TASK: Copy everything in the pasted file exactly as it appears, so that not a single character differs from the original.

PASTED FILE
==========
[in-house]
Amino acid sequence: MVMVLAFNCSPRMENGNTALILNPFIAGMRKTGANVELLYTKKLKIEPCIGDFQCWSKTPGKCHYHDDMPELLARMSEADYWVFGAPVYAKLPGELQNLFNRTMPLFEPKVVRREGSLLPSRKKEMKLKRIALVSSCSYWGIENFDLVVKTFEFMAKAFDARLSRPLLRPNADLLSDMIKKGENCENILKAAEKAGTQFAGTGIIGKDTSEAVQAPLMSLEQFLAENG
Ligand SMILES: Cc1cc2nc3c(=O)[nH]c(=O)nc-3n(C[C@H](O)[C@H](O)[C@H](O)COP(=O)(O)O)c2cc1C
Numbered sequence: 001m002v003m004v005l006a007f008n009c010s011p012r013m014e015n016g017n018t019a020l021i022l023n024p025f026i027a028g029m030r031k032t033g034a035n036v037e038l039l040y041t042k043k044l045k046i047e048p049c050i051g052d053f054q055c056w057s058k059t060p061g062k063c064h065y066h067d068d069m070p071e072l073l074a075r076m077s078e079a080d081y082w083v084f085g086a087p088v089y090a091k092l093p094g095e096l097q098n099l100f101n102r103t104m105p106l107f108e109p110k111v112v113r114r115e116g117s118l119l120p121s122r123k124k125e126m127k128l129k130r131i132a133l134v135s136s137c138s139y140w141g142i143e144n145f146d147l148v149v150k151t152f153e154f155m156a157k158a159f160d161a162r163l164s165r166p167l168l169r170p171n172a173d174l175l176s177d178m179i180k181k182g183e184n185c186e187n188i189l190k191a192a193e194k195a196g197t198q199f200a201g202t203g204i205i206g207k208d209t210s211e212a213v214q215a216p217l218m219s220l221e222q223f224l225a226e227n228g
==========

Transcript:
[in-house]
Amino acid sequence: MVMVLAFNCSPRMENGNTALILNPFIAGMRKTGANVELLYTKKLKIEPCIGDFQCWSKTPGKCHYHDDMPELLARMSEADYWVFGAPVYAKLPGELQNLFNRTMPLFEPKVVRREGSLLPSRKKEMKLKRIALVSSCSYWGIENFDLVVKTFEFMAKAFDARLSRPLLRPNADLLSDMIKKGENCENILKAAEKAGTQFAGTGIIGKDTSEAVQAPLMSLEQFLAENG
Ligand SMILES: Cc1cc2nc3c(=O)[nH]c(=O)nc-3n(C[C@H](O)[C@H](O)[C@H](O)COP(=O)(O)O)c2cc1C
Numbered sequence: 001m002v003m004v005l006a007f008n009c010s011p012r013m014e015n016g017n018t019a020l021i022l023n024p025f026i027a028g029m030r031k032t033g034a035n036v037e038l039l040y041t042k043k044l045k046i047e048p049c050i051g052d053f054q055c056w057s058k059t060p061g062k063c064h065y066h067d068d069m070p071e072l073l074a075r076m077s078e079a080d081y082w083v084f085g086a087p088v089y090a091k092l093p094g095e096l097q098n099l100f101n102r103t104m105p106l107f108e109p110k111v112v113r114r115e116g117s118l119l120p121s122r123k124k125e126m127k128l129k130r131i132a133l134v135s136s137c138s139y140w141g142i143e144n145f146d147l148v149v150k151t152f153e154f155m156a157k158a159f160d161a162r163l164s165r166p167l168l169r170p171n172a173d174l175l176s177d178m179i180k181k182g183e184n185c186e187n188i189l190k191a192a193e194k195a196g197t198q199f200a201g202t203g204i205i206g207k208d209t210s211e212a213v214q215a216p217l218m219s220l221e222q223f224l225a226e227n228g